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Three Lies From Biden's 'Ghost Gun' Event

AP Photo/Alex Brandon

Speaking in the Rose Garden on Monday, an aviator-clad President Biden trotted out more of the same misleading claims Democrats have used for years in their attempts to demonize legal firearm ownership by law-abiding citizens. The speech, meant to announce new executive action to regulate so-called "ghost guns" (a conjured up term to make homemade guns sounds scarier), turned into a gaffe-filled exercise in misinformation. 


Repeatedly referring to the ATF as "AFT" — a gaffe that apparently confused the federal agency with the teachers union — Biden also repeated several the left's favorite anti-gun buzzwords and tropes as an excuse to justify his executive action, but — like much of what Biden says — they're just not true. 

1. "You couldn't buy a cannon..."

This claim, while one frequently repeated by Biden, is not true. As Dana Loesch wrote in response to a previous attempt to pass this fib as truth, "There was no law whatsoever in any colony or from King George himself against private citizens owning cannons."

Washington used smaller artillery from colonists and tasked soldiers and privateers who nicked them from the British; privateers were authorized through Letters of Marque to challenge British ships with their own, armed with independently purchased artillery — cannons! They were volunteer organizations tasked with independently purchasing and maintaining their own artillery." 

2. "Gun manufacturers have more immunity..."


There is some limited protection for firearm manufacturers... just as there are for several other industries. As Stephen Gutowski explained, "Gun manufacturers can be sued and sometimes are sued over claims of negligence."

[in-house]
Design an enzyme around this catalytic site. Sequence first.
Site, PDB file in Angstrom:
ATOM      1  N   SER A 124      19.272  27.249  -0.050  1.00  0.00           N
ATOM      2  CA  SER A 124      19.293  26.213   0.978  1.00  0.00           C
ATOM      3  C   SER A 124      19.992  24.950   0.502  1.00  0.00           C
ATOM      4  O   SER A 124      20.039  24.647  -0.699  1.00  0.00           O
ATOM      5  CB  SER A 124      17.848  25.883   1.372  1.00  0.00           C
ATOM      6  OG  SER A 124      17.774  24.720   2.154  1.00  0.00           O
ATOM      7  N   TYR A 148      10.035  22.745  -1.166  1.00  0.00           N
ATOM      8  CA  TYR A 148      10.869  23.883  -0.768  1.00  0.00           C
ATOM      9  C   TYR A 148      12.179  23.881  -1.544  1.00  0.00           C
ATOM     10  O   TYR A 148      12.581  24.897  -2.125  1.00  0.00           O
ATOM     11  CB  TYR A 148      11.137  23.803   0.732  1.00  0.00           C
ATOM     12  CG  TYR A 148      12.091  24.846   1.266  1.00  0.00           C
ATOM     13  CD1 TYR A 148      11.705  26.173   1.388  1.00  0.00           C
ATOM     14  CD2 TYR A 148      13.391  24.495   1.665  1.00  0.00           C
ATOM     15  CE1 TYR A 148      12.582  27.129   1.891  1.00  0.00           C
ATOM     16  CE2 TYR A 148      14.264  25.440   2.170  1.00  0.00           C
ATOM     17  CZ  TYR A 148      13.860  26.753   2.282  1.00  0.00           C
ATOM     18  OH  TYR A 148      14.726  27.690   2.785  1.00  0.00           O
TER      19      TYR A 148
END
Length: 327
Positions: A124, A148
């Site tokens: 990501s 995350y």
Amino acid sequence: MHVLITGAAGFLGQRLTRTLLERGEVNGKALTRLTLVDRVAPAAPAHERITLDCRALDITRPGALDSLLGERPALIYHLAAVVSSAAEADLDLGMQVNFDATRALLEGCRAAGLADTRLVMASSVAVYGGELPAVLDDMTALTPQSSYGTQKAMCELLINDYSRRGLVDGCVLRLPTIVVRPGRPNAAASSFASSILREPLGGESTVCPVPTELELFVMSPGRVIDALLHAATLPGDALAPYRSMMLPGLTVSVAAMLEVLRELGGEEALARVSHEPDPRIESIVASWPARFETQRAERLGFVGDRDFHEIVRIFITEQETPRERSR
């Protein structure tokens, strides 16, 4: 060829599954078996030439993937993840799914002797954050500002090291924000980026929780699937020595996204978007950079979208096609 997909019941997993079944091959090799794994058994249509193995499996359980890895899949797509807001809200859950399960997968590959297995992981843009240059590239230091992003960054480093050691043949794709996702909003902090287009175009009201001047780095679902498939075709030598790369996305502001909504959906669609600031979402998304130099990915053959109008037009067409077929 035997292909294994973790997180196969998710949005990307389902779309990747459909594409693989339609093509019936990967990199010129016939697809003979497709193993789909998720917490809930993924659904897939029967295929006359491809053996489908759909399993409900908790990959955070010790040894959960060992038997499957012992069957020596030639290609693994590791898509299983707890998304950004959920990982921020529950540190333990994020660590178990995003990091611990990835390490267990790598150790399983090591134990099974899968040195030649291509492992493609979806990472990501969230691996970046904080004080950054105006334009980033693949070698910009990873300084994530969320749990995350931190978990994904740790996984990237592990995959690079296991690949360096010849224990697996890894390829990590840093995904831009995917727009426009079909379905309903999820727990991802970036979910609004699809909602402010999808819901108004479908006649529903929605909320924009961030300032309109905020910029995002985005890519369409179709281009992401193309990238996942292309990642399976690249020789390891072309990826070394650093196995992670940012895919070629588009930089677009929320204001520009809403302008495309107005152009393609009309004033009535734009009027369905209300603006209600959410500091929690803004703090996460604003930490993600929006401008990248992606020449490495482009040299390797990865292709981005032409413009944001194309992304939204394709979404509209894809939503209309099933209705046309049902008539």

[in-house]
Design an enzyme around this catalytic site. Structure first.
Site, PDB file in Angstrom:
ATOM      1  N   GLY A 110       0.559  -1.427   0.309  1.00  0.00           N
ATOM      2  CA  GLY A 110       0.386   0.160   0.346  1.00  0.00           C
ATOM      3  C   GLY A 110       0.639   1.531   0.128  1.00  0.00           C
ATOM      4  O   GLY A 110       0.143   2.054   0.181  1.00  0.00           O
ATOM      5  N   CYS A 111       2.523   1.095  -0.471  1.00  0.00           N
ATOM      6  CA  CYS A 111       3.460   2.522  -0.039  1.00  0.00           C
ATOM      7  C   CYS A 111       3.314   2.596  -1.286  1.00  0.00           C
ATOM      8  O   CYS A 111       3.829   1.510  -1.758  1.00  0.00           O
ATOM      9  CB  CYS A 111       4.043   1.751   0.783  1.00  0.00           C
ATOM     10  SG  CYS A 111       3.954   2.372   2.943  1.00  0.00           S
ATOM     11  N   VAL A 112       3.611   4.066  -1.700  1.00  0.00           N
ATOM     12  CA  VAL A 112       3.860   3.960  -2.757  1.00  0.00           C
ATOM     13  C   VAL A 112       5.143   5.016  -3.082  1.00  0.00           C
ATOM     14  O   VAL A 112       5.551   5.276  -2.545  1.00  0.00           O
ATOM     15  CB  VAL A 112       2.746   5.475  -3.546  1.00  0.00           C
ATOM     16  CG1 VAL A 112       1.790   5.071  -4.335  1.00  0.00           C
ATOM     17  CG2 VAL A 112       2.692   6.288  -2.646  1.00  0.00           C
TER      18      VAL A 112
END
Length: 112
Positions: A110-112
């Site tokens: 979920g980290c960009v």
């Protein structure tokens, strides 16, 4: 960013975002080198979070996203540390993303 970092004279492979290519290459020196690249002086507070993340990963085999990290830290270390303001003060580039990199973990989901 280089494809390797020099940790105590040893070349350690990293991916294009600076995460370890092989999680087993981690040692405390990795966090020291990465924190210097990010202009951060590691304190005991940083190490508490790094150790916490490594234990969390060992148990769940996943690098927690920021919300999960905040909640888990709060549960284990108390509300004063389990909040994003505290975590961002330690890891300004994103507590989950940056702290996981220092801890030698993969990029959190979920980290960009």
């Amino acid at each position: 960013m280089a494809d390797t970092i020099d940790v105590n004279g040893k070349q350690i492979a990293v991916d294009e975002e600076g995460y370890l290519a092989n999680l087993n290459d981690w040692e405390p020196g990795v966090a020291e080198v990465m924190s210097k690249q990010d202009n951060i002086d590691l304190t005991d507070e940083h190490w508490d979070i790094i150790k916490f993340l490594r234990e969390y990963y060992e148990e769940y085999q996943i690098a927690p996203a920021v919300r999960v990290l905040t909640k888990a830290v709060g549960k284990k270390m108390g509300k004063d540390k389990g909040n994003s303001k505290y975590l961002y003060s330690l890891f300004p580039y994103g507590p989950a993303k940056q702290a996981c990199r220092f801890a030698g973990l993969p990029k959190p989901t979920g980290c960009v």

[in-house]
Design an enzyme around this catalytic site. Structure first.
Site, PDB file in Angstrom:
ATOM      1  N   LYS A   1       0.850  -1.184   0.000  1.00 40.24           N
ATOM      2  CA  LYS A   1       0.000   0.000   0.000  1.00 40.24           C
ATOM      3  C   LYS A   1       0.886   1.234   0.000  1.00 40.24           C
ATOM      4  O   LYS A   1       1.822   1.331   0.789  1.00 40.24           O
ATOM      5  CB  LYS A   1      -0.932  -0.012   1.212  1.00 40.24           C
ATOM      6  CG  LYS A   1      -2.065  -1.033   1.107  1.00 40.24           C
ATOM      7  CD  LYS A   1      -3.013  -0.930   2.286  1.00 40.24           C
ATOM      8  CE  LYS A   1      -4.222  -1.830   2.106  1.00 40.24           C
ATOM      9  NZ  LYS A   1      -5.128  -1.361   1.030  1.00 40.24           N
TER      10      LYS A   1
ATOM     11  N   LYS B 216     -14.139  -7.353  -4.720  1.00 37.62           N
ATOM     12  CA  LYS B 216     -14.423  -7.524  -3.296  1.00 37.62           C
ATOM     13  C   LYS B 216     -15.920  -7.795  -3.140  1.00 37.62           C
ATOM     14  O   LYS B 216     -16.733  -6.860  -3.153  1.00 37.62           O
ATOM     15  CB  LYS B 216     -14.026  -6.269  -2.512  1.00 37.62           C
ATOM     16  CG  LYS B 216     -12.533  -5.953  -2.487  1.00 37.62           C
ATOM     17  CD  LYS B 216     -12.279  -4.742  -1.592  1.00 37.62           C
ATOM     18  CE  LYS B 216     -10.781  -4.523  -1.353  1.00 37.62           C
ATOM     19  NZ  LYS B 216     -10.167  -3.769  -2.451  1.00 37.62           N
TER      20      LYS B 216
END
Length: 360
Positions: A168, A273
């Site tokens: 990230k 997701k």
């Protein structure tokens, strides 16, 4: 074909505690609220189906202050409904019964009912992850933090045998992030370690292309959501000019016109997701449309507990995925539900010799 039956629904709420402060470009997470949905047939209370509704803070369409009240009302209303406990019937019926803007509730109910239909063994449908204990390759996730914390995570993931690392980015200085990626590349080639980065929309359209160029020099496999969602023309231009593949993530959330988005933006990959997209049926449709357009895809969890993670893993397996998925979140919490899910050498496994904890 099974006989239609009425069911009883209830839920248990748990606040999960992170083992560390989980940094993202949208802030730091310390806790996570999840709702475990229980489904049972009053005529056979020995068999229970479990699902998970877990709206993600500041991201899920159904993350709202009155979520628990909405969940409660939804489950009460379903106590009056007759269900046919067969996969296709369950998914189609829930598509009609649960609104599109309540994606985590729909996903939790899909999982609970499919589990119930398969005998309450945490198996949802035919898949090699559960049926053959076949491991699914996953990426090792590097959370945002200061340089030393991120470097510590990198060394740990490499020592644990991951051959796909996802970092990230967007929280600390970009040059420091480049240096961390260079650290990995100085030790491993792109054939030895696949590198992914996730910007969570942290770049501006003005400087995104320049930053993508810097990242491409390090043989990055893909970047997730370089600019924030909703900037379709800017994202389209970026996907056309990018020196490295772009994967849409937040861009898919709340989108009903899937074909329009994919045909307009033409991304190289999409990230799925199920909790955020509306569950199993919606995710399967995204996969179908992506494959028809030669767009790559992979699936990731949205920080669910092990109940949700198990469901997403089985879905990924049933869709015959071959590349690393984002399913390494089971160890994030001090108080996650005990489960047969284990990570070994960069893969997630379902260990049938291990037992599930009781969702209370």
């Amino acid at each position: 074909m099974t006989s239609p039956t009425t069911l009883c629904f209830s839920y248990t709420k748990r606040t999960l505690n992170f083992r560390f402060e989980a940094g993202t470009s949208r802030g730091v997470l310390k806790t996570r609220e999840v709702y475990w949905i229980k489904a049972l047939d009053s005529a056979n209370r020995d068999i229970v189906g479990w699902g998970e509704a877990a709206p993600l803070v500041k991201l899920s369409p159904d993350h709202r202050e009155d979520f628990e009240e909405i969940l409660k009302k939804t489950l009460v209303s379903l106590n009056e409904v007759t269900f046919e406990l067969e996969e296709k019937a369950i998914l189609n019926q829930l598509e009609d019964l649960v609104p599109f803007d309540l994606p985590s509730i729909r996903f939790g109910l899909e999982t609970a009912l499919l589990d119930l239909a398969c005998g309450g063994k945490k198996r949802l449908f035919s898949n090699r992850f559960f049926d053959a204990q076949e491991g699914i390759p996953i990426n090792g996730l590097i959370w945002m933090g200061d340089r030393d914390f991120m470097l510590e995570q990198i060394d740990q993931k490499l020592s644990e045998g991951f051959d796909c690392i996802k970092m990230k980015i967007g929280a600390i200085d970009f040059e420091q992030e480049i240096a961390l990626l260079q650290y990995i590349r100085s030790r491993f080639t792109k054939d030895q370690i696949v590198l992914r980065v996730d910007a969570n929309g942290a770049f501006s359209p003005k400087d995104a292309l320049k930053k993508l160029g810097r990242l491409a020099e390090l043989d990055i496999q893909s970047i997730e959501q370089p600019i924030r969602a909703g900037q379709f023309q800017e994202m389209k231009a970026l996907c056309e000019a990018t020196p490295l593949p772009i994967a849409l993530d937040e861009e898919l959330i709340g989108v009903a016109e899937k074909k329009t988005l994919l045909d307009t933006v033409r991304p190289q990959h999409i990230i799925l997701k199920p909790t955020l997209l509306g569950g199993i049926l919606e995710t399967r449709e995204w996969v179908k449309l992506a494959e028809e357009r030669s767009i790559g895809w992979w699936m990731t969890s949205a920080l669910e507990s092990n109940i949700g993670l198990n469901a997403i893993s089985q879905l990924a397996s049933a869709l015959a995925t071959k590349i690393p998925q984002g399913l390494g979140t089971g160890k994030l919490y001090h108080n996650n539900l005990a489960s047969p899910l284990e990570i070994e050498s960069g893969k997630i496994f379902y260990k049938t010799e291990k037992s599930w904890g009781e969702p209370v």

Remington settled a lawsuit over an alleged design flaw with the trigger on its popular Model 700 rifle, and Sig Sauer has been sued multiple times over an alleged safety defect with its P320 handgun. The Protection of Lawful Commerce in Arms Act, which Biden hopes to repeal, provides immunity to the industry over lawsuits stemming from the criminal misuse of guns by third parties.

Even the limited immunity granted to the gun industry is not unique. Numerous other industries benefit from protections against lawsuits that do not implicate willful misconduct on the part of the company. Pharmaceutical companies developing COVID-19 vaccines have immunity from lawsuits over side-effects caused by the life-saving drugs under the 2005 Public Readiness and Emergency Preparedness Act. The same immunity extends to employers who require vaccinations for employment, according to CNBC.

3. "I got it done once—ban assault weapons and high capacity magazines..."


Biden's claim here seems to be that his previous work to limit firearm ownership was a success, and that claim would be false. "The law that barred the sale of assault weapons from 1994 to 2004 made little difference," Lois Beckett reported for The New York Times years ago:

It turns out that big, scary military rifles don’t kill the vast majority of the 11,000 Americans murdered with guns each year. Little handguns do.

In 2012, only 322 people were murdered with any kind of rifle, F.B.I. data shows.


“Should it be renewed, the ban’s effects on gun violence are likely to be small at best and perhaps too small for reliable measurement,” a Department of Justice-funded evaluation concluded.

In conclusion, Biden's "ghost gun" event was more of the same from Democrats who lean on scare tactics and made up, scary terms to push their anti-2A agenda. As usual, their arguments against the Second Amendment are not based in fact, but in feelings and fear. 

Democrat attempts to push their ghost gun fear-mongering in the past have have been rebutted by Republicans, including Senator Ted Cruz (R-TX). He pointed out in a Senate hearing on the topic that "ghost guns" are nothing more than homemade firearms that aren't any more dangerous than other firearms and are treated the same as any other firearm under the law:


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